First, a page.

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Croftonian Crumbs

Croftonian Crumbs was the title of the first edition of the spontaneous and playful school publication, started by Miss Ellen Bryan in 1954. Similar to how today's blogs offer writers a creative and casual space, Croftonian Crumbs originally provided CHS girls an opportunity to put pen to paper without the constraints of a conventional format. We are pleased to revive the spirit of Croftonian Crumbs, in its 21st century digital edition.


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Create an Environment for Children to Successfully Practice and Refine Public Speaking


Crofton House School’s Director of the Junior School, Susan Hutchison, shares with us how educators can create an environment for children to successfully practice and refine public speaking skills.

Public speaking strikes fear and apprehension into even the most accomplished adults. What was missing in their formative years? Schools must embrace very intentional opportunities for children to become competent speakers in the presence of an audience. Public speaking is not a talent. It is an acquired skill that develops through a child-centered and age-appropriate approach.

Effective communication is the gateway to a successful adult life. The ability to clearly express our ideas in the public landscape allows us to shape our world. Our spoken words support a personal vision to achieve goals and dreams. A powerful and articulate expression of our viewpoint projects our distinct approach in a complex society. If young people are going to influence the future in positive ways, they must find their voice and fearlessly convey their beliefs, understandings, and thoughts in a manner that will garner respect and attract attention. Educators have a responsibility to equip students with the necessary skills to confidently speak in the public forum.

The following considerations are crucial in the organization of a robust and sustainable public speaking program. Remember that this is all about effective communication through oral presentation. It is more than preparing a memorized speech with a concentration on prescribed delivery skills. Developing a personal delivery style around sharing the message is crucial.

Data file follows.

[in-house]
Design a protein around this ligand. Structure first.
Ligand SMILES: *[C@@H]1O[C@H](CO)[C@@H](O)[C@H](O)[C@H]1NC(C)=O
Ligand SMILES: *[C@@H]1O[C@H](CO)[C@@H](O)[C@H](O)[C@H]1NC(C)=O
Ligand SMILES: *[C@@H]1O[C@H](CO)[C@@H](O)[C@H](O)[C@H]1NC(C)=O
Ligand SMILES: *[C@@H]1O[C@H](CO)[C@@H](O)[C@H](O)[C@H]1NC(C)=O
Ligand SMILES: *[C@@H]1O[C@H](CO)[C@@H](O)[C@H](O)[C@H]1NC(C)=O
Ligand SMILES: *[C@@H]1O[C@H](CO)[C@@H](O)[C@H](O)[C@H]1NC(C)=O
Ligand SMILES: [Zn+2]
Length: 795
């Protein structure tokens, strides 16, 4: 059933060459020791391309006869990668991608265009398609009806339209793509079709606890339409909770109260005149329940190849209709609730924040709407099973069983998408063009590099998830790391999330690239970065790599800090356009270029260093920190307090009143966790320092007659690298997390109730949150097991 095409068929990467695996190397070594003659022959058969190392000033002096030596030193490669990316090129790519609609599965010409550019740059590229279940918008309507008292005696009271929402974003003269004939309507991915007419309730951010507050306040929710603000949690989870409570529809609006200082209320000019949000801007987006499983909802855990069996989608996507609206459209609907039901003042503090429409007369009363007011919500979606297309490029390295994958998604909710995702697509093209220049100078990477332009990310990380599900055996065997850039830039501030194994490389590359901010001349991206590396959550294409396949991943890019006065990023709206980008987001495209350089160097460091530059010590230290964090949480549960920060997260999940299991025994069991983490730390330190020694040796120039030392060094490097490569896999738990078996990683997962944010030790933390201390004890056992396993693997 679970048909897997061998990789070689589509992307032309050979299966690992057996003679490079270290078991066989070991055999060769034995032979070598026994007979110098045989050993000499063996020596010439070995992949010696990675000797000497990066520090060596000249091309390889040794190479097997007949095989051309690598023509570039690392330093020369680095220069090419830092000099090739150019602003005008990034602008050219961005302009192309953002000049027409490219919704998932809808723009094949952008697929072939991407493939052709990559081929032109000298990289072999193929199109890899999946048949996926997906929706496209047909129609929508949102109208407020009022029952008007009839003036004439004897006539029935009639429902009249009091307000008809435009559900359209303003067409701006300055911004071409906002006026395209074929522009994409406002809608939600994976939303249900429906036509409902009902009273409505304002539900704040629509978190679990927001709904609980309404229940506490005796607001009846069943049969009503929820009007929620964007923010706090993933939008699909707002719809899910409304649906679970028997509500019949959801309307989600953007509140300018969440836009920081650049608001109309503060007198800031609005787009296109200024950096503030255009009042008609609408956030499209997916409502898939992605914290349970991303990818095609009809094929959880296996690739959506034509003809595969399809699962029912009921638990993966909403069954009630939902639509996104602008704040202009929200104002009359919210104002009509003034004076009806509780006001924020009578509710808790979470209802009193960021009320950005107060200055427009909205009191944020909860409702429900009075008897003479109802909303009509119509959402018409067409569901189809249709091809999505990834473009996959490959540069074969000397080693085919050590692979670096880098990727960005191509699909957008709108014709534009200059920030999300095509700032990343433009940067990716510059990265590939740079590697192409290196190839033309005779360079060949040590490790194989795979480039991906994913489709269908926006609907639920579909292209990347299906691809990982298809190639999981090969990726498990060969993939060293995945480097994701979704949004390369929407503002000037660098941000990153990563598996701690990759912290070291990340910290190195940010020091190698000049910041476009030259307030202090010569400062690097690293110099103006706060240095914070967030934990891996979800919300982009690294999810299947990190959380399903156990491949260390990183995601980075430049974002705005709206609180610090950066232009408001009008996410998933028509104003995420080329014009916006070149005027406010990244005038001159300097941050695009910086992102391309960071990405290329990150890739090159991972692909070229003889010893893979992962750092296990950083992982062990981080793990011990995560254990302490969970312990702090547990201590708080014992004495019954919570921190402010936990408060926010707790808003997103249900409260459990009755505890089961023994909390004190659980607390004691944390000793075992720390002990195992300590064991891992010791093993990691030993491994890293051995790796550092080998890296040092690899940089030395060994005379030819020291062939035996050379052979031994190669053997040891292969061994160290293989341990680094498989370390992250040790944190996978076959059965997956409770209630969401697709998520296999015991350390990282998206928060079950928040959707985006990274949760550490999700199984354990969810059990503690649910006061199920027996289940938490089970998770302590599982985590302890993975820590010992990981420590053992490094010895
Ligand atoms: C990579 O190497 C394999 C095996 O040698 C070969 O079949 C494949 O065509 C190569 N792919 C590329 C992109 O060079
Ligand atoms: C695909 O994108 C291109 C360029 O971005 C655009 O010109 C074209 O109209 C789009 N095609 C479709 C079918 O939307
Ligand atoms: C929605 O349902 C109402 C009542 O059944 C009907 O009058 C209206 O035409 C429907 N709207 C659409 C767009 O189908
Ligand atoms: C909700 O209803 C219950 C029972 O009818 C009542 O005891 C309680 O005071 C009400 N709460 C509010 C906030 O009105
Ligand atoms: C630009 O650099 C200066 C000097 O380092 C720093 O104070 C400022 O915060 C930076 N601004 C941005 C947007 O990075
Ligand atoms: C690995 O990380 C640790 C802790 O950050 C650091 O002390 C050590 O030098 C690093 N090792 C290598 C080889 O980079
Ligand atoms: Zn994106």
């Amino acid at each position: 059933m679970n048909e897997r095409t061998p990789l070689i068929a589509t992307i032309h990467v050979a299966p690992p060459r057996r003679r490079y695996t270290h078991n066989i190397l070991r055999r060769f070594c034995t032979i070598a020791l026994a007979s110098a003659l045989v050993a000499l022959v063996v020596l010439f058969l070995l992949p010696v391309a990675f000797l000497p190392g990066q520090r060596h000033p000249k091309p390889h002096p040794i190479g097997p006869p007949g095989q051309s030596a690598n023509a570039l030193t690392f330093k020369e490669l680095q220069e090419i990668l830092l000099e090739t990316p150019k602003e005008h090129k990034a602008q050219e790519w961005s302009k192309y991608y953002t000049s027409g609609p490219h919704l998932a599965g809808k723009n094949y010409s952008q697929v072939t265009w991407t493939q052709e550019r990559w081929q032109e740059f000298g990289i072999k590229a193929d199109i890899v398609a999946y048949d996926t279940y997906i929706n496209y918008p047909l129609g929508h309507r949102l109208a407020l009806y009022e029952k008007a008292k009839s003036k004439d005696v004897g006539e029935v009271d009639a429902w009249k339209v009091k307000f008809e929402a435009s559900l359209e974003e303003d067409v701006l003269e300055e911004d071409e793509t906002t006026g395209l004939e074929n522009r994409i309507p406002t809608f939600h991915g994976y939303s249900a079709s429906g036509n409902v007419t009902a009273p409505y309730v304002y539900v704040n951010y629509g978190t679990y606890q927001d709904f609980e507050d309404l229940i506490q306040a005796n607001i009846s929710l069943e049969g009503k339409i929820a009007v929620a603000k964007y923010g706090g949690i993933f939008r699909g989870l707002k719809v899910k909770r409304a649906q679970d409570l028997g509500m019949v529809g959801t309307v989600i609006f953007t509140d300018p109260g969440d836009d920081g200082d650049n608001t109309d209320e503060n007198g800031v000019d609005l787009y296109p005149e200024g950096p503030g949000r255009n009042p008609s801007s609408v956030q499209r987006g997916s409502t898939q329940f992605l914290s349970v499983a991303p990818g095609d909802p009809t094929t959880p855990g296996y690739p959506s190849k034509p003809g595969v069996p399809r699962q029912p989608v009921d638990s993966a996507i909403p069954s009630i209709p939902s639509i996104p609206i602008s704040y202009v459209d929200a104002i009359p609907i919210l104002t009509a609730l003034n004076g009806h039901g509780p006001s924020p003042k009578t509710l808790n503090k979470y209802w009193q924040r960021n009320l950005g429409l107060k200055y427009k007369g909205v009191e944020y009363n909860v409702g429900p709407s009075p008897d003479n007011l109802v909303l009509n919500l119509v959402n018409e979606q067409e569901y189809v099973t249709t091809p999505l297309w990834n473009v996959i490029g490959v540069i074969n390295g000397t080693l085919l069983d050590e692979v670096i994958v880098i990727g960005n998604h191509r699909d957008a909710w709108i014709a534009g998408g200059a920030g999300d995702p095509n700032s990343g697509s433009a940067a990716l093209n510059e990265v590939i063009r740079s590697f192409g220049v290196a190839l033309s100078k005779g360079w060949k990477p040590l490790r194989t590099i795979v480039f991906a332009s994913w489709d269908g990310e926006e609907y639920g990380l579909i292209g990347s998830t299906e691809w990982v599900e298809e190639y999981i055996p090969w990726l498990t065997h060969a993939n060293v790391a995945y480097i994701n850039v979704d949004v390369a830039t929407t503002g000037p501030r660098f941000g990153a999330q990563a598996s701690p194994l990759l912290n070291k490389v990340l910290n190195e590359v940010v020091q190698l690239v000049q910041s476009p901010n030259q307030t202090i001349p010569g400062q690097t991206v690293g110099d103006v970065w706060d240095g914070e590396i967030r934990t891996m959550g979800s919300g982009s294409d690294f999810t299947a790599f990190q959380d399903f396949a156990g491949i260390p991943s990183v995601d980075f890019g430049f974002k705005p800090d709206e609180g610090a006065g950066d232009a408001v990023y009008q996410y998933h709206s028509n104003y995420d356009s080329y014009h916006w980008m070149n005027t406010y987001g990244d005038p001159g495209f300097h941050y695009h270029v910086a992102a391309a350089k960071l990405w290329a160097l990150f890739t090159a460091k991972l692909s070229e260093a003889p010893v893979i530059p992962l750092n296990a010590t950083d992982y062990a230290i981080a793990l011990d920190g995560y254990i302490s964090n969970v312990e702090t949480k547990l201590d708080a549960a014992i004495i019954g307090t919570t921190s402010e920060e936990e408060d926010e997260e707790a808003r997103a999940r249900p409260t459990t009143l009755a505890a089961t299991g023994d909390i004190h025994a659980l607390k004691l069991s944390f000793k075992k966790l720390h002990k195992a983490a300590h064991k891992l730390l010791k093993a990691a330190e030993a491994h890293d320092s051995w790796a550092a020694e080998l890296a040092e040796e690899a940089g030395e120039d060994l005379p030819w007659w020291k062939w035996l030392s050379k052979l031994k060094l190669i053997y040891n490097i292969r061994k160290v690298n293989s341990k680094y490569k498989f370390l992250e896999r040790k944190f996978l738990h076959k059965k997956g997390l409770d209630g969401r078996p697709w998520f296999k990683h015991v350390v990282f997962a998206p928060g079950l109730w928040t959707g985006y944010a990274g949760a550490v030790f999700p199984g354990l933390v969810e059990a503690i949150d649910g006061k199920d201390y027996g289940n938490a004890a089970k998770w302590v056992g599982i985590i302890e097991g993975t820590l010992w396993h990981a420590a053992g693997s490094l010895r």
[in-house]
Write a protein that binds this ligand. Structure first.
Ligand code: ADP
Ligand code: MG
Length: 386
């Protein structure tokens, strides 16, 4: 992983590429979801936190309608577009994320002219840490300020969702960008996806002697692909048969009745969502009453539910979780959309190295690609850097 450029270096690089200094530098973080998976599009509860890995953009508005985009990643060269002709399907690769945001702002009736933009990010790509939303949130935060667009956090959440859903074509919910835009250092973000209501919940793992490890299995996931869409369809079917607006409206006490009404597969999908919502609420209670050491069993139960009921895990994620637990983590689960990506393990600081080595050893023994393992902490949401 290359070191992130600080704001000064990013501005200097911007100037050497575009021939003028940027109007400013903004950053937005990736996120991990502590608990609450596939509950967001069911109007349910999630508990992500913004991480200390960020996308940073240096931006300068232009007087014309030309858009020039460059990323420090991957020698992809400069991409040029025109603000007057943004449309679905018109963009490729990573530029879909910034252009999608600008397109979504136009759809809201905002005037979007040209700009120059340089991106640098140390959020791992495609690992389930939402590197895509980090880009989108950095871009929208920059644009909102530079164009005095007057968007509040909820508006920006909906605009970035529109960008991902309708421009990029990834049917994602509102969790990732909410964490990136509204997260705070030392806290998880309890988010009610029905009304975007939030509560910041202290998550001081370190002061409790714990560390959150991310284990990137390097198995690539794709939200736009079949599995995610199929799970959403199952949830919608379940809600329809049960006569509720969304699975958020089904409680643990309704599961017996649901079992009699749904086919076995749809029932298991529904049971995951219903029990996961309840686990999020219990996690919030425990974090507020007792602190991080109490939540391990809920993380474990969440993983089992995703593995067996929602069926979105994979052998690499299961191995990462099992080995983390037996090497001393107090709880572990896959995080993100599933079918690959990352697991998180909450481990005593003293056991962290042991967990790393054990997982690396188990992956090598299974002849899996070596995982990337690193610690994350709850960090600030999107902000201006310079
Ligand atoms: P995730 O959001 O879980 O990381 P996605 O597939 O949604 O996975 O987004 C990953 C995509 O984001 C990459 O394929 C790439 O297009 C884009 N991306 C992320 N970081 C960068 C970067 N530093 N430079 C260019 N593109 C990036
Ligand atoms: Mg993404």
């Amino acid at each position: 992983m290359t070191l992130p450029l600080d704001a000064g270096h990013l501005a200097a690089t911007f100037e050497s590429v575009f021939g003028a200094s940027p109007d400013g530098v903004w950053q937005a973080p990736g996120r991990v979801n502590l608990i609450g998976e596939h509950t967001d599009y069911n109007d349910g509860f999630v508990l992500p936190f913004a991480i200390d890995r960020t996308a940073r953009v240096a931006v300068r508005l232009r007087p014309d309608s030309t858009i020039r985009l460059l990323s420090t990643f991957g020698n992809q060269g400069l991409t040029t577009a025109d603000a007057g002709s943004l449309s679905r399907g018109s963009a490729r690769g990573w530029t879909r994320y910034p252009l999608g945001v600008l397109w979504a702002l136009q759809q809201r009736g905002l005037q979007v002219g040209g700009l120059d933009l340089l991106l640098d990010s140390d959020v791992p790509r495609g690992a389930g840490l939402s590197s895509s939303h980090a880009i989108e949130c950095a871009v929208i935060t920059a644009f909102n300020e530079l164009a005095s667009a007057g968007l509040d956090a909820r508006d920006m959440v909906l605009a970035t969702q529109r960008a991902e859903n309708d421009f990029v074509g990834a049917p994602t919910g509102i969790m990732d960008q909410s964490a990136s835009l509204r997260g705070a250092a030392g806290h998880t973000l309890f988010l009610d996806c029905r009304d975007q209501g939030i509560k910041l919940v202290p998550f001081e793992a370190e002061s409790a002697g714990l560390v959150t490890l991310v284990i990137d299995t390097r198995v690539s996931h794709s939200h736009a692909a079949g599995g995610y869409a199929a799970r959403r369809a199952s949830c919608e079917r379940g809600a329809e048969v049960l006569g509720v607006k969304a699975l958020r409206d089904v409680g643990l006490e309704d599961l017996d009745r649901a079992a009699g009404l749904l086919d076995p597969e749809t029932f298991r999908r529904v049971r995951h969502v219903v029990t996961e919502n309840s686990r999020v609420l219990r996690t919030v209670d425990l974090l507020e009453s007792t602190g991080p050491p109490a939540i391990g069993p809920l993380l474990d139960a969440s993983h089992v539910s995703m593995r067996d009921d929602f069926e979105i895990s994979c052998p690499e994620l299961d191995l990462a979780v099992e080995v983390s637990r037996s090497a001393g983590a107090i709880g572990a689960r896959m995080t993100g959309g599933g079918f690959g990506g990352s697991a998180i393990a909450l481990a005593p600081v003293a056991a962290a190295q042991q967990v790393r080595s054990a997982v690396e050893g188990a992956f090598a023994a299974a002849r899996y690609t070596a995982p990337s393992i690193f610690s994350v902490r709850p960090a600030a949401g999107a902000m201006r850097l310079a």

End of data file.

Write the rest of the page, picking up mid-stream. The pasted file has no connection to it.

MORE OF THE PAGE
What are the big ideas in a public speaking program?

  • Help the child decide what they want the listener to remember
  • What is the key message of the speech
  • Be certain the ideas of the speech personally resonate
  • They should intimately know their topic
  • Be certain that speech topics are self-selected
  • The child must ‘own’ the content of the remarks
  • Help the child appreciate body language as part of the message
  • Embrace public speaking as a developmental journey for each child
  • Engage the child in self-calming practices (e.g. breathing, visualizing)

How do you set the stage for public speaking?

  • Infuse public speaking into everyday practice
  • Public speaking is for everyone
  • Even the reluctant speaker can find a venue
  • Widen the audience as the child progresses
  • Confront apprehensions by speaking in different locations
  • Teach students how to be a respectful audience
  • Allow young children to choose the stage (e.g. sitting, standing)
  • Keep the length of the speech age appropriate
  • Implement technology to video for self-reflection and peer review
  • Use a coaching model
  • Value public speaking in the school with a speech day
  • Encourage full school participation
  • Include the parent community
  • Avoid competition
  • Provide individualized feedback with tips for growth

To be inhibited and reluctant in the area of public speaking exposes children to life long limitations. It is more important than ever for young people to have the ability to verbally showcase ideas with an elegant self-assurance. School is the ideal arena to practice public speaking skills and discover personal voice and style.

By Susan Hutchison, Director of the Junior School

Posted by Danica on Friday April, 22, 2016 at 03:43PM

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